Literature / The Book of Merlyn

The Book of Merlyn is the posthumously published fifth book in T. H. White's retelling of Arthurian Legend. Written in the 1940s, it remained unpublished due to wartime paper shortage and was not included in the 1958 composite edition of The Once and Future King. The manuscript was finally published in 1977.

Chronologically, it is set within the fourth book: On the eve of the Final Battle between King Arthur and Mordred, King Arthur is once more taken by Merlyn to contemplate various things.

This work provides examples of:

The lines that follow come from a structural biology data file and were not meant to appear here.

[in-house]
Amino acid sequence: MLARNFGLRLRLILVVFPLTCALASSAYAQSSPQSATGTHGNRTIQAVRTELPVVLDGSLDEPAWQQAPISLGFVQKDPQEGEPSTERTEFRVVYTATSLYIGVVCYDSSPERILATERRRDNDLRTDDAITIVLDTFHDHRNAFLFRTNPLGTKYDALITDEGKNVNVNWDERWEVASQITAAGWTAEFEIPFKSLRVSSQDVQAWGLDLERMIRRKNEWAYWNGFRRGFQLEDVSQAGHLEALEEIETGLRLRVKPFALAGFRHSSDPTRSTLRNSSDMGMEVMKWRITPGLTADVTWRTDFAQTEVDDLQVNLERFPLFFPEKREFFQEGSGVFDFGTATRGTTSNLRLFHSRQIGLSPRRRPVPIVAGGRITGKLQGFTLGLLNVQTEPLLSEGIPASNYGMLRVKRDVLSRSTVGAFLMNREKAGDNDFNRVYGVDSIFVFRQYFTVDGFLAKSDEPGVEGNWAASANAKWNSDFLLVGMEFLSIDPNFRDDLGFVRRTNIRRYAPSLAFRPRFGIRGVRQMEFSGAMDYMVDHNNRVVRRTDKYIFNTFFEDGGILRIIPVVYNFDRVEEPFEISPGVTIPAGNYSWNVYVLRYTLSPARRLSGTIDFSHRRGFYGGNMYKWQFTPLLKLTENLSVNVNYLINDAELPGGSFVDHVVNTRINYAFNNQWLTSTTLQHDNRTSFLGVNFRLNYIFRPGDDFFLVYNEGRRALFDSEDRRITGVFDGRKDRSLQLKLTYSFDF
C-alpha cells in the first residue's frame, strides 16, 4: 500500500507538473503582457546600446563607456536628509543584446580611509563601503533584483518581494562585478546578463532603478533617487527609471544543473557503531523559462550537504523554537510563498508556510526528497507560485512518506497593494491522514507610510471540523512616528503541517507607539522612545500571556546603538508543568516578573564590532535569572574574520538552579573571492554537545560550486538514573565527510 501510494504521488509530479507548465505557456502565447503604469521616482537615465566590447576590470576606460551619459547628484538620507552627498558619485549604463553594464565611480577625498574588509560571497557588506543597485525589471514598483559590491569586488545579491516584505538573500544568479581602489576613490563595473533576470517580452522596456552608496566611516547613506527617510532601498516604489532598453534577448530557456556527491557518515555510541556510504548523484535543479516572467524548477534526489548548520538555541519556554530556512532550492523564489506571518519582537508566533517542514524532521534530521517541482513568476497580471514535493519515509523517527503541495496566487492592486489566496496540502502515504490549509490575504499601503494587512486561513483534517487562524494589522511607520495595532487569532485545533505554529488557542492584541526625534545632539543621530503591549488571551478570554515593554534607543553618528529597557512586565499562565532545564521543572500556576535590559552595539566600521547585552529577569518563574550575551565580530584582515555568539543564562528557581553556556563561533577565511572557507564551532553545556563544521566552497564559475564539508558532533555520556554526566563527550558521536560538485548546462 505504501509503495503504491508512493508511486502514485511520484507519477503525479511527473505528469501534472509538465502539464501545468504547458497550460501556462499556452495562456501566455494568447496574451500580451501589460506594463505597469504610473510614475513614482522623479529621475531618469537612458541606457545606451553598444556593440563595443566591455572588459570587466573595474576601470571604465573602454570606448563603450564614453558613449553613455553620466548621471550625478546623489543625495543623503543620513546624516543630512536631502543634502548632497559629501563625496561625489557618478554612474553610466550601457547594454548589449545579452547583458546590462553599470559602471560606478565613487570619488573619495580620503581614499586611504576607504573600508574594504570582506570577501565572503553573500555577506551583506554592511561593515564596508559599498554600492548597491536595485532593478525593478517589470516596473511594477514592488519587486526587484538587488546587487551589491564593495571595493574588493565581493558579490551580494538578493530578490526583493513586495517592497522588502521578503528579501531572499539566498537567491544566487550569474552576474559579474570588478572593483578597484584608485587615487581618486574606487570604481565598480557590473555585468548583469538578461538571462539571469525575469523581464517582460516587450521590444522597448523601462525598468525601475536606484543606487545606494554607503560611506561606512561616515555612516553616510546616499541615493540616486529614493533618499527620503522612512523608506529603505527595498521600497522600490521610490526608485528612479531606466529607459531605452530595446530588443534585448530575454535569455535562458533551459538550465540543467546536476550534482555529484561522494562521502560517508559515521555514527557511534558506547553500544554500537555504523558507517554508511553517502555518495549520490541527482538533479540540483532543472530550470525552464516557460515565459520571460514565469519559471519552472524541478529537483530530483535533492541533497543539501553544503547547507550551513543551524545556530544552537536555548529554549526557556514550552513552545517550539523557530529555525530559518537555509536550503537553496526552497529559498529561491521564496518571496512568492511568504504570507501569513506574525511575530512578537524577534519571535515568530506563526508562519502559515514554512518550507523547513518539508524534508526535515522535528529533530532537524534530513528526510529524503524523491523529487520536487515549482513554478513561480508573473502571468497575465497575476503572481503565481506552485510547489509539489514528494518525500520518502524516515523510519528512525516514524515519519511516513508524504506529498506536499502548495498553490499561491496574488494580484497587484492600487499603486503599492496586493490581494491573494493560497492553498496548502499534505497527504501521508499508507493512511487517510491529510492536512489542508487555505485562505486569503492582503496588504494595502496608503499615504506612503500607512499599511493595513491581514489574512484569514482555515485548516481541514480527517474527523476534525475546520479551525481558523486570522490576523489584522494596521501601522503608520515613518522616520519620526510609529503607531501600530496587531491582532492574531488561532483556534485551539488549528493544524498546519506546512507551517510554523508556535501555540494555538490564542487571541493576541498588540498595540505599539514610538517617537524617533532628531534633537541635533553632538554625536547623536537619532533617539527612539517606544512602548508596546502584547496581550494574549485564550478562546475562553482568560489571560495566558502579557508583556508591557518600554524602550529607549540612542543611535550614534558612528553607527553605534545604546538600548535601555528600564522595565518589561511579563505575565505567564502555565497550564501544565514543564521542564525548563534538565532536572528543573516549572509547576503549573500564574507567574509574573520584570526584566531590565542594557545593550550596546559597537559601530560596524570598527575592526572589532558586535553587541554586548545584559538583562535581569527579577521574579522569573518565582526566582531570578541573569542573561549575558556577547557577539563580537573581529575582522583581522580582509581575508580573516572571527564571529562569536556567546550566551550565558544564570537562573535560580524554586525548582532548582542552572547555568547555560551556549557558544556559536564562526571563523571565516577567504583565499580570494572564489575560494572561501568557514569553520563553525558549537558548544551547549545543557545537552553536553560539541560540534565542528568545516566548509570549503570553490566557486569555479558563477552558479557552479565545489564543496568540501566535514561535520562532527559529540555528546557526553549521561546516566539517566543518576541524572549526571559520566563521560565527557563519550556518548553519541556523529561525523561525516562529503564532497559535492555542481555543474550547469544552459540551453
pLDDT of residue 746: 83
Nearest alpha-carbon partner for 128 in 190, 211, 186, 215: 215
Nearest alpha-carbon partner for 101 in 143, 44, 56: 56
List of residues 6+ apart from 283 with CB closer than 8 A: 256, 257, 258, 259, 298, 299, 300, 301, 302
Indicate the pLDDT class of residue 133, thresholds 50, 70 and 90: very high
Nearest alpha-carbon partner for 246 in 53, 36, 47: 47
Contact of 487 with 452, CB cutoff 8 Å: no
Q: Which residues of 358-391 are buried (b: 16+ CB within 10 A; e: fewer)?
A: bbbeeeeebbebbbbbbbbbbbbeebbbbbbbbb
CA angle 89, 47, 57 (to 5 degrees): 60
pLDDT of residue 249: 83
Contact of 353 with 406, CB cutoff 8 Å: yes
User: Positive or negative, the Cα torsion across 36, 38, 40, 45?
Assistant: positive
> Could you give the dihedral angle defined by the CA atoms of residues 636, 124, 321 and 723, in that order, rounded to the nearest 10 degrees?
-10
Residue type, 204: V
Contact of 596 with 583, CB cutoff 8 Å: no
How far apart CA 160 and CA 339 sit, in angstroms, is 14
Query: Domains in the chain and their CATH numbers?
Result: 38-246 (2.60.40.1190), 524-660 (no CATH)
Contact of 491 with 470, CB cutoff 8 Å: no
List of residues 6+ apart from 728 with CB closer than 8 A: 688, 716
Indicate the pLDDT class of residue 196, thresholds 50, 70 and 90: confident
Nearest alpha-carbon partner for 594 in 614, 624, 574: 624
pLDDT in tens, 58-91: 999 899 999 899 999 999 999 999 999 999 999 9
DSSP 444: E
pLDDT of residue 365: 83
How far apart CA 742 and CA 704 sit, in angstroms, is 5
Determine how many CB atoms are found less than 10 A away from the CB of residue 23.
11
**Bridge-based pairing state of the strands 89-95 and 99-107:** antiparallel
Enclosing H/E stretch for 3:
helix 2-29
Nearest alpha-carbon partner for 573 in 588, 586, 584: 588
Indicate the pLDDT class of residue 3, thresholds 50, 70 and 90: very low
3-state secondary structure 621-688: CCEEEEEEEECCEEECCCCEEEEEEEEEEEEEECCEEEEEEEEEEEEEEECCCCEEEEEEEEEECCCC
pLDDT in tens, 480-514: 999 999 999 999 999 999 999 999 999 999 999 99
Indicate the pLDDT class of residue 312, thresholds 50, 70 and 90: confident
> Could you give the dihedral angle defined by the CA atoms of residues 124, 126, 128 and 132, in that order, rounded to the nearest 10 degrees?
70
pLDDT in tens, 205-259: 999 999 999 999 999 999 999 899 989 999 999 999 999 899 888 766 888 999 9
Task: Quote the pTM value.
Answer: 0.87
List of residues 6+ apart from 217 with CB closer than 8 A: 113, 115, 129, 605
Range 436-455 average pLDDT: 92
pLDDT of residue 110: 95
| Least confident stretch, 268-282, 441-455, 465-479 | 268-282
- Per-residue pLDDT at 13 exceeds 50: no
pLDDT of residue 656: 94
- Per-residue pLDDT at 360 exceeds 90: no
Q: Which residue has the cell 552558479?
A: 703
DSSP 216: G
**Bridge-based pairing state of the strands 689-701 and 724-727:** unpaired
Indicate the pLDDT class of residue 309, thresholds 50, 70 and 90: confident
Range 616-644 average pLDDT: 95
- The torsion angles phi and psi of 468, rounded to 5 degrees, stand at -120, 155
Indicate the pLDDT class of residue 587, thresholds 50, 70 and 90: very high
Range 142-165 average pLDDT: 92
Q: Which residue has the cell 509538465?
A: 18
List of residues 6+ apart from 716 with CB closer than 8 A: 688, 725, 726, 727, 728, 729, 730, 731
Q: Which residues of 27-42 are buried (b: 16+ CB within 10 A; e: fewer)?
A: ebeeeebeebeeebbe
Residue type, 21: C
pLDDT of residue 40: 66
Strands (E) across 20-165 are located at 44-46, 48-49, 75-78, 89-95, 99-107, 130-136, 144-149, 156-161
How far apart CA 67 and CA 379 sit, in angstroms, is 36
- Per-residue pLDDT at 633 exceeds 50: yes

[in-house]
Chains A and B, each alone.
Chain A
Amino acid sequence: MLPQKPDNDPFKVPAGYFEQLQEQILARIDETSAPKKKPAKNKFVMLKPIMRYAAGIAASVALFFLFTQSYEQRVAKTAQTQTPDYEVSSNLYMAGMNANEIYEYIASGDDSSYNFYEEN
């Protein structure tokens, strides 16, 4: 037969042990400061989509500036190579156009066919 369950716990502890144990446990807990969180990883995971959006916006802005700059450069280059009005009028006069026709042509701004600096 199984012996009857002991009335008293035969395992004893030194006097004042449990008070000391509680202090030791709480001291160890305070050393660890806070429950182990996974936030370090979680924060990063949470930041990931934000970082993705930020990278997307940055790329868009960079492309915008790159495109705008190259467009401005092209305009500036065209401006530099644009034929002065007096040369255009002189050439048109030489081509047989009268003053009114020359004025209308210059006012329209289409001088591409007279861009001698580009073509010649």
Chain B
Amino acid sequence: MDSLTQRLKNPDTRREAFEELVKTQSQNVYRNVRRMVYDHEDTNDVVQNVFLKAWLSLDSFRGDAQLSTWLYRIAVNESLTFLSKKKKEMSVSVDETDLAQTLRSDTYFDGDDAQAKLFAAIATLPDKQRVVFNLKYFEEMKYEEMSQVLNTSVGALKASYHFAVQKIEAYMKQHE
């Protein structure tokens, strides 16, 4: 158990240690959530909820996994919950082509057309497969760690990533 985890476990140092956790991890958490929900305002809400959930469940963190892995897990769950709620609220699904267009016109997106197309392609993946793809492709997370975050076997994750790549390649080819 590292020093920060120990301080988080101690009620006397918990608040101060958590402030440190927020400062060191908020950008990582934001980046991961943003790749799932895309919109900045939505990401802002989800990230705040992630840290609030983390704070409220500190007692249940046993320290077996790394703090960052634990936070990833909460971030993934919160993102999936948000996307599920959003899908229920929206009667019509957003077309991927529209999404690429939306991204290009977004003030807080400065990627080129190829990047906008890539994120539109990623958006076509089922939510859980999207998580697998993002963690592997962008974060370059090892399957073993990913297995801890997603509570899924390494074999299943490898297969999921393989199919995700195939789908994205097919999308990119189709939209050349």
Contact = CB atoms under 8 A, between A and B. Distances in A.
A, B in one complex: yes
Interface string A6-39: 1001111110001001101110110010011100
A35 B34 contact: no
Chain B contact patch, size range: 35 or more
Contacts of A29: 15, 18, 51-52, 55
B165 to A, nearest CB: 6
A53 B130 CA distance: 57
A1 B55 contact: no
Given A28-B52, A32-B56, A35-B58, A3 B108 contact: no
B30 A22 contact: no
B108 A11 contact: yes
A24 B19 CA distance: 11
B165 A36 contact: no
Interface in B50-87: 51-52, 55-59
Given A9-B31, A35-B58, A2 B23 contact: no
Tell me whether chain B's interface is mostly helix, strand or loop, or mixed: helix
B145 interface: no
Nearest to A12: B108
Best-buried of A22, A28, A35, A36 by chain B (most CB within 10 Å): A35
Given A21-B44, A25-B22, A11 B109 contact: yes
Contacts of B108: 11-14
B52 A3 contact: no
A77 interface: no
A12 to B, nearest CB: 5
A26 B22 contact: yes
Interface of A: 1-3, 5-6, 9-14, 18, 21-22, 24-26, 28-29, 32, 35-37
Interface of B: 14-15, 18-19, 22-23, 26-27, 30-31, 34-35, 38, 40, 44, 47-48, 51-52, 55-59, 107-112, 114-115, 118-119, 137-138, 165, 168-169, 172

• Ant War: The Author envisioned this here, but Executive Meddling put it in The Sword in the Stone.
  • Author Tract: On human nature, whether or not it is good by nature, the origins of war and plenty more.
  • Face Death with Dignity: Arthur's death — to the very last, fighting to stem the tide of war and bring peace.
  • Final Battle: The evening before it.
  • Hope Spot: Arthur's tranquil experiences as a goose, and his incipient romance with Lyo-lok. Merlyn's timing for yanking him back to humanity is almost cruel.
  • Humans Are the Real Monsters: A main point put forward by many of the animals. They even go so far to suggest Homo Sapiens had a more fitting name as Homo Ferox.